When comparing the US to Germany the difference is driven by the demographics. The US has a growing culture of violent criminals, even though they are a small percentage of the population, they have a complete disrespect for law enforcement. To make matters worse LE has a small percentage that disrespect the law, or believe they are above it. Until both problems are addressed the number of people shot, including by police will not drop.
 

color of law

Accomplished Advocate
Joined
Oct 7, 2007
Messages
4,711
Location
Cincinnati, Ohio, USA
When comparing the US to Germany the difference is driven by the demographics. The US has a growing culture of violent criminals, even though they are a small percentage of the population, they have a complete disrespect for law enforcement. To make matters worse LE has a small percentage that disrespect the law, or believe they are above it. Until both problems are addressed the number of people shot, including by police will not drop.
Agree.
 

KBCraig

Regular Member
Joined
Aug 7, 2007
Messages
4,661
Location
Granite State of Mind
Since9, where does DoJ get their data, as you and everyone else is aware, and acknowledged by DoJ, not every LE agency dutifully reports their data to DoJ!
"The government are very keen on amassing statistics. They collect them, add them, raise them to the nth power, take the cube root and prepare wonderful diagrams. But you must never forget that every one of these figures comes in the first instance from the chowty dar (village watchman in India), who just puts down what he damn pleases."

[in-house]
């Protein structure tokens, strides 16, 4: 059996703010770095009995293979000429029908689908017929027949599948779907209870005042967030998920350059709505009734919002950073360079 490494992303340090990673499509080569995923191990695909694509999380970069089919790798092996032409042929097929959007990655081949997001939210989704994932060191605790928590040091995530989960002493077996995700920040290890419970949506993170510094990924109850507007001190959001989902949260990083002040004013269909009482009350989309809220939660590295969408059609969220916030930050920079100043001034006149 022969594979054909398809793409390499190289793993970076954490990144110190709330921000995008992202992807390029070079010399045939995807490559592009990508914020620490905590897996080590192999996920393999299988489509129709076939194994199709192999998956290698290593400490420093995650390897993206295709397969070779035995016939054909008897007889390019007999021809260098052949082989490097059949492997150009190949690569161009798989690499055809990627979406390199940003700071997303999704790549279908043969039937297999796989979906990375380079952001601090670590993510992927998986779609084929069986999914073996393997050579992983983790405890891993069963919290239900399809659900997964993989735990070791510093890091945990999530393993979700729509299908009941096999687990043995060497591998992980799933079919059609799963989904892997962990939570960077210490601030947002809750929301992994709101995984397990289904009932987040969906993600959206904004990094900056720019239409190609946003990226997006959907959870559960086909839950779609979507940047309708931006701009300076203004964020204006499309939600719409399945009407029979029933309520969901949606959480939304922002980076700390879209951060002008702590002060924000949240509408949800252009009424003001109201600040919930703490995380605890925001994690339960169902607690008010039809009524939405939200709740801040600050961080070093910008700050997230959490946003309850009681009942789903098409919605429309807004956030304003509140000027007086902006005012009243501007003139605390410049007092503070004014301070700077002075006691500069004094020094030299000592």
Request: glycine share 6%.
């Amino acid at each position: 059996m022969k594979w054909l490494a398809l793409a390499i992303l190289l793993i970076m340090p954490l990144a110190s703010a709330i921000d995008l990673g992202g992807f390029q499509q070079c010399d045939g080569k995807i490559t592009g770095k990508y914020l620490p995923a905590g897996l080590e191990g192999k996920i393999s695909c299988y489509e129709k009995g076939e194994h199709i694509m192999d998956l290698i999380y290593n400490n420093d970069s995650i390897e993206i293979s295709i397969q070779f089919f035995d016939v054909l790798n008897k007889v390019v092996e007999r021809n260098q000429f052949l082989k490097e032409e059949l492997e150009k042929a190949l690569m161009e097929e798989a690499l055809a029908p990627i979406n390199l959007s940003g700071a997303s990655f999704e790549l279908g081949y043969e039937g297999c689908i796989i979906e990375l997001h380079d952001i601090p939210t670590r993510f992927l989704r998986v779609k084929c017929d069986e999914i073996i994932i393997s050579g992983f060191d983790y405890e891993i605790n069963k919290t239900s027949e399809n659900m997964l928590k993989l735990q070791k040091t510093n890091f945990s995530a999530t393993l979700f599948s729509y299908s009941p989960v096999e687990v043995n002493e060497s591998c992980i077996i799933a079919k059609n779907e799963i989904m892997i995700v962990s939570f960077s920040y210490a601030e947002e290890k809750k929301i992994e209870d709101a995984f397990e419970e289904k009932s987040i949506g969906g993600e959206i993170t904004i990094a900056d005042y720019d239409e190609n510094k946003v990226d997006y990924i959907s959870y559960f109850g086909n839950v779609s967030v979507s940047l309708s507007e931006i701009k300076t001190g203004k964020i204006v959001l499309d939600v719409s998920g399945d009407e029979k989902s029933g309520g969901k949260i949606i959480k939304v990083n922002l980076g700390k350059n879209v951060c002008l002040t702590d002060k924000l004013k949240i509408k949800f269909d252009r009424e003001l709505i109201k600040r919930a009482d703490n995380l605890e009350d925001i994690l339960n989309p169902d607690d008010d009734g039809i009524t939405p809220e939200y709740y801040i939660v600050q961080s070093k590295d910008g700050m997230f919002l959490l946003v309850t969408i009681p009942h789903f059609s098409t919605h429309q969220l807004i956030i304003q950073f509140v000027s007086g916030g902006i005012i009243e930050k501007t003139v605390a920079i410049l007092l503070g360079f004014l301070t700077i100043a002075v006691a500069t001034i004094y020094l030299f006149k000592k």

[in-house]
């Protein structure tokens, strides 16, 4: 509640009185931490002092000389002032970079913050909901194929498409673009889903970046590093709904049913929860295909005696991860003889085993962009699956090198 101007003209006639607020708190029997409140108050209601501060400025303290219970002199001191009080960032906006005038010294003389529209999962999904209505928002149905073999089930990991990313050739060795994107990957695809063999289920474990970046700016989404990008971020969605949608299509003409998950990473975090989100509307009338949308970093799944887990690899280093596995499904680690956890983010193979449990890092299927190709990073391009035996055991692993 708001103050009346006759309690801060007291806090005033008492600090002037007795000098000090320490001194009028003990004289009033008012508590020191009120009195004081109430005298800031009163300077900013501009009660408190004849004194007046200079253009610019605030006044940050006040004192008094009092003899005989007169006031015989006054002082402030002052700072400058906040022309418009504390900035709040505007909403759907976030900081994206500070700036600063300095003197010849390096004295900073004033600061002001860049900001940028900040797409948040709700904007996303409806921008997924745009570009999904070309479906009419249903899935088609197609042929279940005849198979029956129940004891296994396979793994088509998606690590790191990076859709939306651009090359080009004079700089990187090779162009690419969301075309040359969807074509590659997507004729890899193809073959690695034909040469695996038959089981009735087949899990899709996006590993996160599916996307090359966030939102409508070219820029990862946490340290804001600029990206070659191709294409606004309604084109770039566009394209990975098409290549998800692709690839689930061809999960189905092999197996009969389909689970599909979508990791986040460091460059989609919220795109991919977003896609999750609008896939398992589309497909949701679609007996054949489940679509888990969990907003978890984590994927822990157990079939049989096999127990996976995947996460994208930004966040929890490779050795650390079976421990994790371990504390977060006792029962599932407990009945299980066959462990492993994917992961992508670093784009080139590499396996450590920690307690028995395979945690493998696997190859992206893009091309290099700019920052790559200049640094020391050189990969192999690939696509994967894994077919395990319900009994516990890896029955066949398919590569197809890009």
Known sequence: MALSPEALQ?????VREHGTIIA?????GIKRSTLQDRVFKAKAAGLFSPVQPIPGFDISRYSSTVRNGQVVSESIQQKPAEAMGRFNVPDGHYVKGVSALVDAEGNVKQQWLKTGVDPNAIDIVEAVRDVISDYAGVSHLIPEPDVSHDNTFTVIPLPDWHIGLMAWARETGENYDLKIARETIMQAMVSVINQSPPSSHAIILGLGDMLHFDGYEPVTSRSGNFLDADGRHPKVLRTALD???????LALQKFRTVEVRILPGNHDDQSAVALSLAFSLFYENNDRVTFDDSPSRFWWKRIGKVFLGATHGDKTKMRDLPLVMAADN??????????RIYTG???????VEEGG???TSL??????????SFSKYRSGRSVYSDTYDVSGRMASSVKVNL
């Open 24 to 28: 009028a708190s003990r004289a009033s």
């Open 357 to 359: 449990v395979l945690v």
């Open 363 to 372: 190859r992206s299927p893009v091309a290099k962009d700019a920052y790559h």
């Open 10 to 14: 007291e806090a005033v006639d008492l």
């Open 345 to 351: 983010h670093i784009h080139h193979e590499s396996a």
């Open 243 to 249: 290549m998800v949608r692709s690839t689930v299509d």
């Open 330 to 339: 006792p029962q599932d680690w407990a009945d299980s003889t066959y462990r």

~Sir Josiah Stamp
 

hammer6

Regular Member
Joined
Oct 11, 2008
Messages
1,410
Location
Florida
What is that on a per-capita basis?

On a per-capita basis, per 100,000, the common denominator used for comparing relatively rare events, that comes to:

In 2018, the US had 327,167,434 people. Germany had 82,800,000. Do the math and it comes to 0.3 per 100k for the U.S. and 0.005 per 100k for Germany.

Admittedly, Germany's rate is 63 times less than that of the U.S. However, while 1,000 is nearing the bounds of statistical relevance, 4 is simply not enough data to reliably compare to anything. Furthermore, Germany's population is significantly more homogeneous than ours and must better trained with respect to following the law, including respect for the Polezei.

Finally, there's the training of the Polezei itself, also different than that of U.S. law enforcement, particularly with respect to threat response.

The the real stickler is the number of deaths per 100k in the US: 0.3 per 100k. That's tiny. Just 3 per million. Sure, you can detect 1 ppm of chlorine in your water, but Cl is a highly reactive chemical. 3 people per million is minuscule when it comes to all causes of death.